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Issue 48
, 2014
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PVC: a unique story

Source: Chemical Watch, Date: , 2014

How one material is addressing a host of issues related to its additives

It’s hard to think of a material that has been criticised more for its use of hazardous substances than PVC. Because of its role as a major consumer of chlorine, the polymer has been a key target of Greenpeace’s for over 20 years. In 1992, for example, as chloralkali executives gathered at a conference in Monte Carlo to discuss the industry’s environmental issues, the Greenpeace ship Sirius sailed back and forth displaying banners proclaiming “Chlorine Kills – Ban PVC”. But global demand for PVC continued to grow, and is expected to keep growing.

Today, much of Europe’s chlorine production still uses mercury cell technology, but steady progress has been made by PVC producers and additive suppliers in Europe on many of the other issues related to PVC’s life cycle, such as increasing recycling rates and phasing out the most problematic additives. This has been driven by the sector’s VinylPlus voluntary programme, which was launched in 2000 in a (successful) bid to fend off legal restrictions on PVC from the European Commission, and which continues to be driven by pressure from Greenpeace and other NGOs, and the “halogen-free” policies of some big consumer brands (especially in the electronics sector).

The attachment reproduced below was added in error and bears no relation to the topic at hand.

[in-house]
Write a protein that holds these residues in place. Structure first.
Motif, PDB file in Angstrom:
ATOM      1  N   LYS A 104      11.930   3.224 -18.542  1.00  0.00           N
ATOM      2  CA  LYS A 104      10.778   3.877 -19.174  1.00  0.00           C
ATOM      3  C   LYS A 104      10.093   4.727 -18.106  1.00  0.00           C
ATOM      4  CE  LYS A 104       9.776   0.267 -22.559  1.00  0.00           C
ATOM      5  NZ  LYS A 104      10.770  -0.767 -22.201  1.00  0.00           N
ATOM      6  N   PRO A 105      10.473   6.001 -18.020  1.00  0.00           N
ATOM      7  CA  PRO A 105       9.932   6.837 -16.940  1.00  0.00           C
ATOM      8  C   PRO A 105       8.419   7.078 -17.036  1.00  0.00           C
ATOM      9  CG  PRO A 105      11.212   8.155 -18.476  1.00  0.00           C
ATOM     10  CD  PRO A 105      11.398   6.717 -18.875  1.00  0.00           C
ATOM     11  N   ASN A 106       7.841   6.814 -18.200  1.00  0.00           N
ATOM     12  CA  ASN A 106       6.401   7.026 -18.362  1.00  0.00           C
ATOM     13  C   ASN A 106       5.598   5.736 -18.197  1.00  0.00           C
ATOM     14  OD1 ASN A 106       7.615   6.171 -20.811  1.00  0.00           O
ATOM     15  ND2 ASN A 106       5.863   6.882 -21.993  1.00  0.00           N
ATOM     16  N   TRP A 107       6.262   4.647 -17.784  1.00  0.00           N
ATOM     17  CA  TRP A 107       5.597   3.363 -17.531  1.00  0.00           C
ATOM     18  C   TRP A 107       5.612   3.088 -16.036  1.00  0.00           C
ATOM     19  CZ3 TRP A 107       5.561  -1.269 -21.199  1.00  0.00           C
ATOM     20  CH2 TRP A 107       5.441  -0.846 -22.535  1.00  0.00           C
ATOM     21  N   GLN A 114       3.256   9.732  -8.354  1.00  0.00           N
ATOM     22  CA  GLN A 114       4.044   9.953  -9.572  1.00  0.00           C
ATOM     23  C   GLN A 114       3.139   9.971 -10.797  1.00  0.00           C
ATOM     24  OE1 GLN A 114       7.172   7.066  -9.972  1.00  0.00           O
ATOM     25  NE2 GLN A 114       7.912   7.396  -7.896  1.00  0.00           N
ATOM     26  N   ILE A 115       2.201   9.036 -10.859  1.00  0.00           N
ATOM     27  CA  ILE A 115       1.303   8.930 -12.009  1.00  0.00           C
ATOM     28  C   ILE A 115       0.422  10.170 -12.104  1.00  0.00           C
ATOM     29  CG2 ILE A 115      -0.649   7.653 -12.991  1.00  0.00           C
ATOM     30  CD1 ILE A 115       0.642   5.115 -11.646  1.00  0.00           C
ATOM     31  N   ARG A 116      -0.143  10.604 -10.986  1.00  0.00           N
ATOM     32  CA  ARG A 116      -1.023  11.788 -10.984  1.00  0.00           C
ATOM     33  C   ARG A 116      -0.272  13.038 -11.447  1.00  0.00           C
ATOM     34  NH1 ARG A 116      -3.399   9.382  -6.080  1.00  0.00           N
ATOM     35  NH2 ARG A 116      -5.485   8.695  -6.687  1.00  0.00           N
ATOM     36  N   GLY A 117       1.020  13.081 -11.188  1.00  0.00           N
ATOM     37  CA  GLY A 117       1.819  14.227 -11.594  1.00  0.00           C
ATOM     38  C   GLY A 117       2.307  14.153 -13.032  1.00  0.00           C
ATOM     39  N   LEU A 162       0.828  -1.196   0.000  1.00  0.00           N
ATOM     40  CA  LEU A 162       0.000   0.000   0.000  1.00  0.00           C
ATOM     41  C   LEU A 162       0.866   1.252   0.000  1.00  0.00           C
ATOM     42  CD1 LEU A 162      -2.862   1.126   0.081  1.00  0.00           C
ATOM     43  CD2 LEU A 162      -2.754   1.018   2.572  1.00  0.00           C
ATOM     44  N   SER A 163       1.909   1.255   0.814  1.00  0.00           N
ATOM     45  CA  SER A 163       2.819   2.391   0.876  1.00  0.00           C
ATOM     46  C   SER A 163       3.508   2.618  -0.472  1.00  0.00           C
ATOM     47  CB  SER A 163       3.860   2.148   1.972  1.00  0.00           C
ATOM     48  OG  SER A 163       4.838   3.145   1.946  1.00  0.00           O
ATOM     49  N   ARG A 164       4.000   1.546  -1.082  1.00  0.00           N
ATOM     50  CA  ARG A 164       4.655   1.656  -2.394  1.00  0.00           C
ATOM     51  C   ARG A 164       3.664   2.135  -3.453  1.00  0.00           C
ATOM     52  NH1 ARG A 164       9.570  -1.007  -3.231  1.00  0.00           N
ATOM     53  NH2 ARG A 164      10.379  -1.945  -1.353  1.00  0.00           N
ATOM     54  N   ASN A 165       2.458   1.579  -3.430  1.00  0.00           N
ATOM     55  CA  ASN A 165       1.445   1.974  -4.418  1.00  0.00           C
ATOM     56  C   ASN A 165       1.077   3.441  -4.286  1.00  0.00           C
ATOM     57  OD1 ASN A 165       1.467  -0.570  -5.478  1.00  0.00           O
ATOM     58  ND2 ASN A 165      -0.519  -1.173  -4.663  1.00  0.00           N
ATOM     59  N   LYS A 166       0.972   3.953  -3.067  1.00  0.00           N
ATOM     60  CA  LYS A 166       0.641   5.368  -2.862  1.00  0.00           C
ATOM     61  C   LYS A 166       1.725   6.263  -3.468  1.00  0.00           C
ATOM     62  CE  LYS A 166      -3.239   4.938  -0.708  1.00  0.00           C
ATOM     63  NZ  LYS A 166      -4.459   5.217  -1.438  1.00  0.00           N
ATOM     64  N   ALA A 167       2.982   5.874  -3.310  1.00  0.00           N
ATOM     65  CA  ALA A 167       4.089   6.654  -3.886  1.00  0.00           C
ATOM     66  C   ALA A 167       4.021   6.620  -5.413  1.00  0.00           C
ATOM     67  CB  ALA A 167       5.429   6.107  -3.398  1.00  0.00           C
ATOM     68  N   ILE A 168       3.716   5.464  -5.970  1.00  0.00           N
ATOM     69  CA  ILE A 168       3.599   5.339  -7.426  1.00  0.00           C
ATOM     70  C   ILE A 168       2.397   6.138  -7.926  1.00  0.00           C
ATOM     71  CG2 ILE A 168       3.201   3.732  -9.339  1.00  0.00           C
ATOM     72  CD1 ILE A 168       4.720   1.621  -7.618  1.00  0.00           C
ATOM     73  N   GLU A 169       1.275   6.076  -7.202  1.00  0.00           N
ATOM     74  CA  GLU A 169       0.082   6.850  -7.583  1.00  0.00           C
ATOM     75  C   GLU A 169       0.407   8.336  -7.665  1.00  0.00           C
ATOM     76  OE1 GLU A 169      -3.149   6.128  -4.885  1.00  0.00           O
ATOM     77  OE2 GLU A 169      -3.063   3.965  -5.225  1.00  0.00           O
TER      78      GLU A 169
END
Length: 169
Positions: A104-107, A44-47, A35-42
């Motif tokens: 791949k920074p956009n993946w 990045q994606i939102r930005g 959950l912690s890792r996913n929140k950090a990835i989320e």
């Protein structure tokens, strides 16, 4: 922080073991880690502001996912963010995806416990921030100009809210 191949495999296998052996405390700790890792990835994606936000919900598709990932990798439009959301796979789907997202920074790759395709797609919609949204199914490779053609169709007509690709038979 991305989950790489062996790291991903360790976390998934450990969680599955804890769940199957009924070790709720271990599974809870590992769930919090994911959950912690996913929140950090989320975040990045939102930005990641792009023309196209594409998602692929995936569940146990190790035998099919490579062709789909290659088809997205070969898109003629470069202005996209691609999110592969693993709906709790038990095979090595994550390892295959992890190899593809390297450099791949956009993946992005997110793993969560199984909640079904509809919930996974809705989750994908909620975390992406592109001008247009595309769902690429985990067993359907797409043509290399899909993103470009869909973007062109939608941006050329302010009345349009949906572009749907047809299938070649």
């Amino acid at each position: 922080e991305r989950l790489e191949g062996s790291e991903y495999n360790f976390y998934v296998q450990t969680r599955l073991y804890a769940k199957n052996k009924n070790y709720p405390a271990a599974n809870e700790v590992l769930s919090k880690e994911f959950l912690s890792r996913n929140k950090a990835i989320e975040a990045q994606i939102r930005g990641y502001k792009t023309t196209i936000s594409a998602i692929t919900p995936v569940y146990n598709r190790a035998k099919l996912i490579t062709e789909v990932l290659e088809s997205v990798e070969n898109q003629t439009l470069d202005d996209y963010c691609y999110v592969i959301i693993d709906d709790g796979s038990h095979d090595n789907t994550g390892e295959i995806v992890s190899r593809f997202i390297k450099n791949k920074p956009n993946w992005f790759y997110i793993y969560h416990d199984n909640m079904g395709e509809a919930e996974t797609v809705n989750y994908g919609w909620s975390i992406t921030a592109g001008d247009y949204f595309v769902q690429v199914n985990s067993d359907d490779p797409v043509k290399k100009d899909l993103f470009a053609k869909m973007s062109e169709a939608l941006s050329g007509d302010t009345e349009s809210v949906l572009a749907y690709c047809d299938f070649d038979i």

For Europe’s PVC industry, the continuing focus on the plastic’s environmental record is both a curse and a boon. Although REACH does not (so far) require the registration of polymers, all of the stabilisers, plasticisers, fillers, pigments and other additives in PVC must be registered, and some of these have been added to the candidate list and are subject to authorisation or restriction, ensuring a steady drip-feed of bad news and supply chain reformulation work. But the same regulatory requirements also offer the industry a chance to rebrand today’s PVC as an example of what REACH is all about – reducing the toxicity footprint of those materials and products that are important to Europe’s economy.

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